Introduce Children to Astronomy with Binoculars | Tripods

Binocular Astronomy For Kids


Orion Nebula


Few educational hobbies provide as much universal fun as star-gazing. It’s an activity that kids and their families can get pleasure from together, and can be expanded as proficiency and skill increase. Also, it doesn’t require a lot of equipment to begin. All you need is a suitable pair of binoculars.

Many parents don’t realize that, like telescopes, binoculars work well to find and study things like nebulae, star clusters, comets and even distant galaxies. Some are surprised to learn that binoculars offer some definite benefits over the classic telescope, especially for children.

Binoculars are lighter than telescopes and don’t need to be set up. Just throw the binocular strap around your neck when the moods strikes, and go look at the stars. Binoculars are also made with unique prisms that permit the viewer to see the moon and other heavenly objects right side up, instead of upside down the way most telescopes do.

Binoculars have a wide field of vision, making it easier to see more of the sky. If you happen across a comet or a large constellation, the extra view makes it easier to see and follow them. Binoculars also have two lenses, which is easier for younger eyes to see through, and both smaller and lighter than a telescope, so kids can handle them more easily.

One of the biggest benefits to families on a budget is that binoculars are less expensive to than telescopes. Plus, they provide great opportunities for your children to participate in animal or bird watching, as well as using them when viewing sporting events or musical theater.

When buying a pair of binoculars for star-gazing, there are a few important features to consider.

Aperture: The diameter of the front lenses. They should be large enough to pick up the dim night-time light given off by the stars. Look for binoculars with no less than a 40 mm (millimeter) aperture. You can locate the aperture of a pair of binoculars by analyzing its number pairs. A 7X35 has an aperture of 35 mm while a 10x50 has an aperture of 50mm.

Magnification: As the word says, this measurement describes how close the object appears to be and is shown by the first number in the number pair. Binoculars for astronomy must have a magnification of between 7 (7x35) and 10 (10x50). Anything higher produces a fuzzy image and would require a tripod.

Exit Pupil: Like the pupil in ones eye adjusts to the darkness of our surroundings, so binoculars can adjust how much light hits the user’s eye. As we age, our pupils lose the capacity to dilate easily as they did when we were younger. When binoculars allow more incoming light then our pupils can deal with, the view will be dimmer than it should be. The exit pupil measurement is found by dividing the aperture by the magnification. For young people and those in their mid thirties an exit pupil number of 6 or 7 will work best. For parents in their forties and older, an exit pupil number of 5 or 6 will allow for a brighter image.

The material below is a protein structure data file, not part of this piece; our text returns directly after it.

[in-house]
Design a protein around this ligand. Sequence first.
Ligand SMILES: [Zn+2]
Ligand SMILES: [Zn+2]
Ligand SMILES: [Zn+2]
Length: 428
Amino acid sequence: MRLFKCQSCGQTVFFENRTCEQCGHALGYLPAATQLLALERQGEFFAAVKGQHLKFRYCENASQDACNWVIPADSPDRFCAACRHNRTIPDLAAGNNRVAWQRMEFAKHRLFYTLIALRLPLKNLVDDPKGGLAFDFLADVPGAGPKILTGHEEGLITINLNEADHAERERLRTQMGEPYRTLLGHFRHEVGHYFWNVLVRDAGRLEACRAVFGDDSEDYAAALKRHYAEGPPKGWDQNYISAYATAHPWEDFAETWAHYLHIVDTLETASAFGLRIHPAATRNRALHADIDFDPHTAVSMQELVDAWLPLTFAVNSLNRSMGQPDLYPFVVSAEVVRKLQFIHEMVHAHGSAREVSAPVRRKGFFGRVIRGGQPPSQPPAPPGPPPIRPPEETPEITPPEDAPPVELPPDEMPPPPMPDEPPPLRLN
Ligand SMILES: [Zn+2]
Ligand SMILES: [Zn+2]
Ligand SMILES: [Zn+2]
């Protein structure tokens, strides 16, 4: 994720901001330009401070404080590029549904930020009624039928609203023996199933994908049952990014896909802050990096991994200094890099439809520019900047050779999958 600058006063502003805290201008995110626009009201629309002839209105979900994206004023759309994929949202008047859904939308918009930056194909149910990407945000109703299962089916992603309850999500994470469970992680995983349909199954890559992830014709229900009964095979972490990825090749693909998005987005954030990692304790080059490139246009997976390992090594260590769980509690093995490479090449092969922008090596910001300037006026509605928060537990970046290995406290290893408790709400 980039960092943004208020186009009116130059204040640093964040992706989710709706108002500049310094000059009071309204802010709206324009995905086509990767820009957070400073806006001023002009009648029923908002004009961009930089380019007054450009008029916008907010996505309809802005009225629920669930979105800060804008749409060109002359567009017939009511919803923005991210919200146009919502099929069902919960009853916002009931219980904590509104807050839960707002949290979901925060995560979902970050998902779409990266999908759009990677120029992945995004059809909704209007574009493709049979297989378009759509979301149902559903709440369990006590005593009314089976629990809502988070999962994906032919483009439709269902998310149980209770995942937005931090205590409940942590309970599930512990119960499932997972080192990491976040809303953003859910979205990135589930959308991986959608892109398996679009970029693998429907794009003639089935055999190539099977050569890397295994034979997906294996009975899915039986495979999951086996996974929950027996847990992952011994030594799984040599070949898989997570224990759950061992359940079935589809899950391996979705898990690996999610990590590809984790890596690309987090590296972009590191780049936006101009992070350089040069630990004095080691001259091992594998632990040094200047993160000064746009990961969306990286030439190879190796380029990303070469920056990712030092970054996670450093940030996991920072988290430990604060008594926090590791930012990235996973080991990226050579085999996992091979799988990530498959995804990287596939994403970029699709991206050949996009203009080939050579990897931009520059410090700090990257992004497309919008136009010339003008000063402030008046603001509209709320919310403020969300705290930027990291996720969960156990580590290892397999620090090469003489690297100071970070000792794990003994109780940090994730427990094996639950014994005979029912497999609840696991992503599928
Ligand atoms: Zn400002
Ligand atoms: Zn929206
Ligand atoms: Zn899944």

Do all these numbers sound confusing? Don’t worry. If you choose a good astronomy or sporting goods store, their employees should be well trained in each model and brand of binocular they sell, and can help you find the binoculars that are right for you.

The very highest quality binoculars tend to be a little heavy for comfortable viewing. But that doesn’t have to be a problem. Field Optical Research carries several tripods and accessories that allow you to enjoy the benefits of the larger binoculars without undue stress.

While you’re shopping, you might consider a pair of eyeShields. EyeShields are made of soft pliable plastic and attach to the binocular eye-pieces to provide a more comfortable viewing experience while cutting eye irritants like wind and glare. They allow for better focus and improve night vision and increased comfort for both you and your children.

In this age of technical and digital entertainment, turn off the electronics and take your family outdoors. Explore the constellations in Orion’s belt, gaze at shadows in the moon’s craters, or get a close-up view of the Milky Way. Create lasting memories as you introduce your children to the wonders of the universe.